AGM battery question

ShadowcatcherShadowcatcher Solar Expert Posts: 228 ✭✭✭
This is an unmitigated whine :cry:
The wiring in our teardrop trailer was messed up, (not done by me) and had the white leg of the AC and the DC negative 'grounded' to the frame and the Progressive Dynamics controller was screwed up as a result. How did I know the there was a problem, I could hear the battery boiling and the converter was stuck on boost at 14.4 V
The cost has just made itself known.
I had to replace the battery for my back up sump pump, one cell was dead, and decided to have the AGM battery from the trailer checked, and against a new battery it has half the capacity. I had specified a Lifeline (Concord) battery and paid for it, and they substituted a Chinese made AGM which is now junk. The company BTW is now out of business and I have the last trailer made by them and had to threaten legal action to get it, uncompleted.
The question, should I have been able to hear the battery boil if it was a true AGM

Comments

  • firerescue712firerescue712 Solar Expert Posts: 95 ✭✭
    Re: AGM battery question

    AGM Batteries are sealed. There is no water in this battery. The only thing you will hear from an AGM is when the vent pops. This means the battery is toast. It does not vent. The gases caused by charging a reabsorbed into the material inside the battery. I am by no means an expert. There are many here, though. Cariboucoot, BB, WayneinCanada are just a few that pop into mind. Why did they swap batteries with you? Did you contest this? Or was it too late?

    Have a safe and Happy New Years!
  • nielniel Solar Expert Posts: 10,300 ✭✭✭✭
    Re: AGM battery question

    sorry for your loss. i guess it made no difference what agm battery you wound up with as it would've been toast. maybe you should go with cheaper golf cart batteries for now in case another mishap happens. you can always buy the agms 3-5yrs down the line should your setup prove itself viable with the golf cart batteries. if not, then you can add water to the flooded golf cart batteries and still use them even if some life was sucked out of them from abuse.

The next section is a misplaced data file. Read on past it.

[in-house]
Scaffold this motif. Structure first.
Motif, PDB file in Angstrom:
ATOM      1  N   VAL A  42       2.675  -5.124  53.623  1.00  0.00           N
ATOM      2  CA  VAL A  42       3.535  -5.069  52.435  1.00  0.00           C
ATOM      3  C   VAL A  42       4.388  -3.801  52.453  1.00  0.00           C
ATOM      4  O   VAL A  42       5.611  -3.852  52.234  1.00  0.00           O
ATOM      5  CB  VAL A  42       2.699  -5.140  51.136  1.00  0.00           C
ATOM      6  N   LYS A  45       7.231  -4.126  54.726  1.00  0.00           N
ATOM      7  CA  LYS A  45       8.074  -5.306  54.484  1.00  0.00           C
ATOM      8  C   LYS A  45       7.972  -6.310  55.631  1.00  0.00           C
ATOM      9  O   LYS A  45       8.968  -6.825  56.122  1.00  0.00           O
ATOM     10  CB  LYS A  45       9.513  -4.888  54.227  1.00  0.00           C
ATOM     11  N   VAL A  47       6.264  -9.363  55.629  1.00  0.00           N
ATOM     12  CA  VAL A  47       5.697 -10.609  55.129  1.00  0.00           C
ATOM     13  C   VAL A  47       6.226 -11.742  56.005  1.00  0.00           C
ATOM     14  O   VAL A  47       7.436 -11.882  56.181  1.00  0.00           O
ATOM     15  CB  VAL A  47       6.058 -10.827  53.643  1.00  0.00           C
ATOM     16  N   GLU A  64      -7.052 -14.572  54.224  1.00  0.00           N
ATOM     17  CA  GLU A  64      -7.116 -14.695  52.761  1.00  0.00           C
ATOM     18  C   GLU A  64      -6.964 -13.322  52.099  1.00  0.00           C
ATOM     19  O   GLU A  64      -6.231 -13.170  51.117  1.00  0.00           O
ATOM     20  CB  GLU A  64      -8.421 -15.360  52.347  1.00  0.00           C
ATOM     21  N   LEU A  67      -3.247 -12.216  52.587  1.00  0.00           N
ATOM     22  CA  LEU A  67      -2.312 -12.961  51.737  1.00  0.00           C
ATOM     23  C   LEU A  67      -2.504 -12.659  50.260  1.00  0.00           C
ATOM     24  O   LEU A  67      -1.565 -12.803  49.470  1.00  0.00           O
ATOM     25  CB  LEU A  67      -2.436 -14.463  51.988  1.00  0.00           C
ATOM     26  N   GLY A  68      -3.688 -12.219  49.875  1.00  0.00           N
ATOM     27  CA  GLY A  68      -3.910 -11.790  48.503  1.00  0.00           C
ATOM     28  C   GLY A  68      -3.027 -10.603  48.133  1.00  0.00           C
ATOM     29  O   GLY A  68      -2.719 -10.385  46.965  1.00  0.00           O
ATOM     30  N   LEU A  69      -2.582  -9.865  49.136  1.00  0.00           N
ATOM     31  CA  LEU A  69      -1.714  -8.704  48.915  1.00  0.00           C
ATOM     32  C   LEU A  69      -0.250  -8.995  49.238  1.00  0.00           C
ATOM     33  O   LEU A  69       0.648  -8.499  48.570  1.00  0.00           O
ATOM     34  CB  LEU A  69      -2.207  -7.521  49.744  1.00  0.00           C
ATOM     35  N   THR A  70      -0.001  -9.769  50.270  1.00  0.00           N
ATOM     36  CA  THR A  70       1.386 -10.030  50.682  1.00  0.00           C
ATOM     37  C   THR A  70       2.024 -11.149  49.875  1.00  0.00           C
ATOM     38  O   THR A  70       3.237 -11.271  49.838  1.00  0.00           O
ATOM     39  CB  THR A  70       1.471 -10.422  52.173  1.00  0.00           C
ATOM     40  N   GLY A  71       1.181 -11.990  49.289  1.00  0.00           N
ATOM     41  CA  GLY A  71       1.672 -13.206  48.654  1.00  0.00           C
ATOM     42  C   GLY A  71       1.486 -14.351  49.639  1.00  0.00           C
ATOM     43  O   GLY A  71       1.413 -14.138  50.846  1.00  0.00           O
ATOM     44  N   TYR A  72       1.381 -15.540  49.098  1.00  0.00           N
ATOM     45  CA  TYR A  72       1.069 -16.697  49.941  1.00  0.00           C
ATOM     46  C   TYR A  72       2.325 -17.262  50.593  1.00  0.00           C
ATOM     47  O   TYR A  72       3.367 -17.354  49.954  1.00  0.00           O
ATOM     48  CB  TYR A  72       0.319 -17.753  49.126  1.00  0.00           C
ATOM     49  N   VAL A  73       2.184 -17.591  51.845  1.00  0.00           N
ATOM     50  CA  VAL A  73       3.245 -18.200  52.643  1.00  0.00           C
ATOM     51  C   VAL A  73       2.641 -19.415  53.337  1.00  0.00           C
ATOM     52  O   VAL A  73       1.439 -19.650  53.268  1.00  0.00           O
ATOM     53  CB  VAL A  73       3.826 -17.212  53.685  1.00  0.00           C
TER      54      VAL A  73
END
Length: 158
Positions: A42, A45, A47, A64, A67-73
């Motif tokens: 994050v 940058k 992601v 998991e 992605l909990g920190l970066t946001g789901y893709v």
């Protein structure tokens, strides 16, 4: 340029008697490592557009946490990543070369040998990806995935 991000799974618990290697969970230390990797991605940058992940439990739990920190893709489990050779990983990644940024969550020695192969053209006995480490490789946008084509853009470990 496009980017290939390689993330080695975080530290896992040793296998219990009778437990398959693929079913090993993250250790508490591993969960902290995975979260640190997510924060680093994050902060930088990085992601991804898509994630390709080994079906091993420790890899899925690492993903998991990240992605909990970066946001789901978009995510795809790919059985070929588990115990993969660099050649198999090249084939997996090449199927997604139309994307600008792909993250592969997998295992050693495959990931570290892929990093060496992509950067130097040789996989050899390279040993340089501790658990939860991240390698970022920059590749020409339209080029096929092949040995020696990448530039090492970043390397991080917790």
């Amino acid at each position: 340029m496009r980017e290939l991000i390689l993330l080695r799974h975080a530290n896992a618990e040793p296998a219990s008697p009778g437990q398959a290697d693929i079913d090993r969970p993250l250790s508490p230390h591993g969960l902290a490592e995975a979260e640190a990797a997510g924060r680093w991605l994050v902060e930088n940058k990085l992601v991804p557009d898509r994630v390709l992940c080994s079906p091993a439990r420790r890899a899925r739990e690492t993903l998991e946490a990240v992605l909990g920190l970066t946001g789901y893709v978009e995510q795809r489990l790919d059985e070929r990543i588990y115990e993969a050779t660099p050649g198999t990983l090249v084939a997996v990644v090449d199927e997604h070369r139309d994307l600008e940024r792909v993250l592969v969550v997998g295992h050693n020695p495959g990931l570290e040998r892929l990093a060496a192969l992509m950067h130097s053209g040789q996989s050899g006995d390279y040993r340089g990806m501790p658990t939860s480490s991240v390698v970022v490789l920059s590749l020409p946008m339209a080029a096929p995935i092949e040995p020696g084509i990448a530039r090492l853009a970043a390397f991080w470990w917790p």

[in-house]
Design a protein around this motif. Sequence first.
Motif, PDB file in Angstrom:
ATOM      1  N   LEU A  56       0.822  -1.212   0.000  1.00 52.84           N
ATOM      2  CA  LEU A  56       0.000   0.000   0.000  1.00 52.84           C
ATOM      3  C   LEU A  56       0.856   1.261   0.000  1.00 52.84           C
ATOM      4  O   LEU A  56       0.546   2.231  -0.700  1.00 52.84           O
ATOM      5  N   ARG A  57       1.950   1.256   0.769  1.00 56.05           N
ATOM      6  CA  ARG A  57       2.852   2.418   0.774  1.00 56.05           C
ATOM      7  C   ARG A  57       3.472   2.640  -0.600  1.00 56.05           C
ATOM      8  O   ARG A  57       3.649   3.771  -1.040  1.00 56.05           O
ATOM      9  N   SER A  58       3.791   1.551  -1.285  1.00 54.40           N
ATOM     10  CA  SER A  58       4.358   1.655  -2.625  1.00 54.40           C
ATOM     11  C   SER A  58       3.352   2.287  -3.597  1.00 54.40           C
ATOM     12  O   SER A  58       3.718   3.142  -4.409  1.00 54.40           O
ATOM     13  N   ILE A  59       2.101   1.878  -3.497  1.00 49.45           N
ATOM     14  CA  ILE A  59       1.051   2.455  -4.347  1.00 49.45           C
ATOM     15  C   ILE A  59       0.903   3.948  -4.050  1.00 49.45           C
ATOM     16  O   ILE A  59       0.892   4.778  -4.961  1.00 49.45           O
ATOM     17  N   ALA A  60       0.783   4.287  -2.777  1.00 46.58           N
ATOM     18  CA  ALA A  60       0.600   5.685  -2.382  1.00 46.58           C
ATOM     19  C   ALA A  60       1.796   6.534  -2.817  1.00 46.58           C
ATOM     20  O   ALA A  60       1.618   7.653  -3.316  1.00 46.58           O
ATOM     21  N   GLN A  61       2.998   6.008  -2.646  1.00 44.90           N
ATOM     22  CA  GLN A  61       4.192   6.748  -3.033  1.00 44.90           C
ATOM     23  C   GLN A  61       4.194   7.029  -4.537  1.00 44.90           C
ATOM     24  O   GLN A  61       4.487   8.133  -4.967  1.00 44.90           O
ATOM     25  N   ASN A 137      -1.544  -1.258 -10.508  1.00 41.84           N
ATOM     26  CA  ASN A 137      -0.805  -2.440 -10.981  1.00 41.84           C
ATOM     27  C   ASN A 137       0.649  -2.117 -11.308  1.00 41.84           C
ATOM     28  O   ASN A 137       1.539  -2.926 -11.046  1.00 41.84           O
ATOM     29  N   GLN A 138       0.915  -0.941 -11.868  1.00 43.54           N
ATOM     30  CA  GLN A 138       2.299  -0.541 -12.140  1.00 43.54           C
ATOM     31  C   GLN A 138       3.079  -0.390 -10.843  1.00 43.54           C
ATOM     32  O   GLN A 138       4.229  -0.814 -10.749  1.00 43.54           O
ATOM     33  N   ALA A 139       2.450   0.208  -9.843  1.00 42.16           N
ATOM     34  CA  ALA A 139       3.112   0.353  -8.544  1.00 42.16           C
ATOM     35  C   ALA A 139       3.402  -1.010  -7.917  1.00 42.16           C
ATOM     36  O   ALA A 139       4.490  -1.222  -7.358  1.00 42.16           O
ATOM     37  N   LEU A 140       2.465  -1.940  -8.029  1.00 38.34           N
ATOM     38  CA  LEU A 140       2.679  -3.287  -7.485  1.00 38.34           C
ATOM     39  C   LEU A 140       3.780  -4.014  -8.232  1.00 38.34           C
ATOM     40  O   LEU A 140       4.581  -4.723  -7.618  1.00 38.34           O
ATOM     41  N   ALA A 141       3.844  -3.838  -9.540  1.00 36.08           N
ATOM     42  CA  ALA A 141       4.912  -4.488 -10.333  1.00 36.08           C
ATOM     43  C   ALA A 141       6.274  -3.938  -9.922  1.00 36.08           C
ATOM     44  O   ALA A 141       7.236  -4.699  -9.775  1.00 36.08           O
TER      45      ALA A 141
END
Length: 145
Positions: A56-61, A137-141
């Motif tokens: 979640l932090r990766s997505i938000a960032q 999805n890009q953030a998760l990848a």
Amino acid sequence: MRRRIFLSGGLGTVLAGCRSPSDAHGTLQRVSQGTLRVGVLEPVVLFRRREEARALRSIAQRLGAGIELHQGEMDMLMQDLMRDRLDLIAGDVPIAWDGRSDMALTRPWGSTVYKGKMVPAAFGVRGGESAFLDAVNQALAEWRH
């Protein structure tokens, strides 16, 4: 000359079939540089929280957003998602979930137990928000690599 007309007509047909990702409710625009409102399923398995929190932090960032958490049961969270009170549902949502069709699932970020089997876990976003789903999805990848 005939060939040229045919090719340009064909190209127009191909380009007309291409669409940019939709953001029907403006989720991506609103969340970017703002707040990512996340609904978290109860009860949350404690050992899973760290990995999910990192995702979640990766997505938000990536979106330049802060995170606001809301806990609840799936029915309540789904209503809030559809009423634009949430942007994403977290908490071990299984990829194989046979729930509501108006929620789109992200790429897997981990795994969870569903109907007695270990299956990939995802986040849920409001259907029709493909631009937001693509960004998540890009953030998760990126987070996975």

• RCinFLARCinFLA Solar Expert Posts: 1,399 ✭✭✭✭
    Re: AGM battery question

    AGM have a 'squeeze' vent. When pressure builds up due to overcharge they will gradually start to vent. Sometimes you can hear a high pitch squealling sound but it is not very loud.

    During an absorb period you can sometimes see the ends of the battery bulge a bit.

    Grounding battery negative to chassis is common. Chassis grounding the neutral of AC power is not. Grounding neutral to negative terminal of battery should not cause battery overcharging by the charger.

    Ability to connect neutral to chassis depends on your inverter. Many low cost portable modified sinewave inverters do not allow their neutral to be grounded. On these, if you tie their AC output neutral to battery negative terminal they will blow their power fuse, or self destruct.

    I would check out your charger to see if it setup properly or possibly defective.
  • Blackcherry04Blackcherry04 Solar Expert Posts: 2,490 ✭✭✭
    Re: AGM battery question

    Using Progressive Dynamics, WACO, PowerMax or a IOTA RV Power supply / Converter as a dedicated Battery charger is not the best. They do what they are supposed to do, once they sense a load, the more they ramp up the power. I know they call them a " Battery Charger " and they will charge a battery , but you have to watch them. The IOTA with IQ4 does a ok job as a charger, but again it's quirky with a 7 hour absorb stage and 7 day repeat cycle. If you have a battery hooked to them and you forget a light or some drain on them, they will do just what yours did. If they ever get to the float stage, 1-2 amps will pull them out and they will stay there.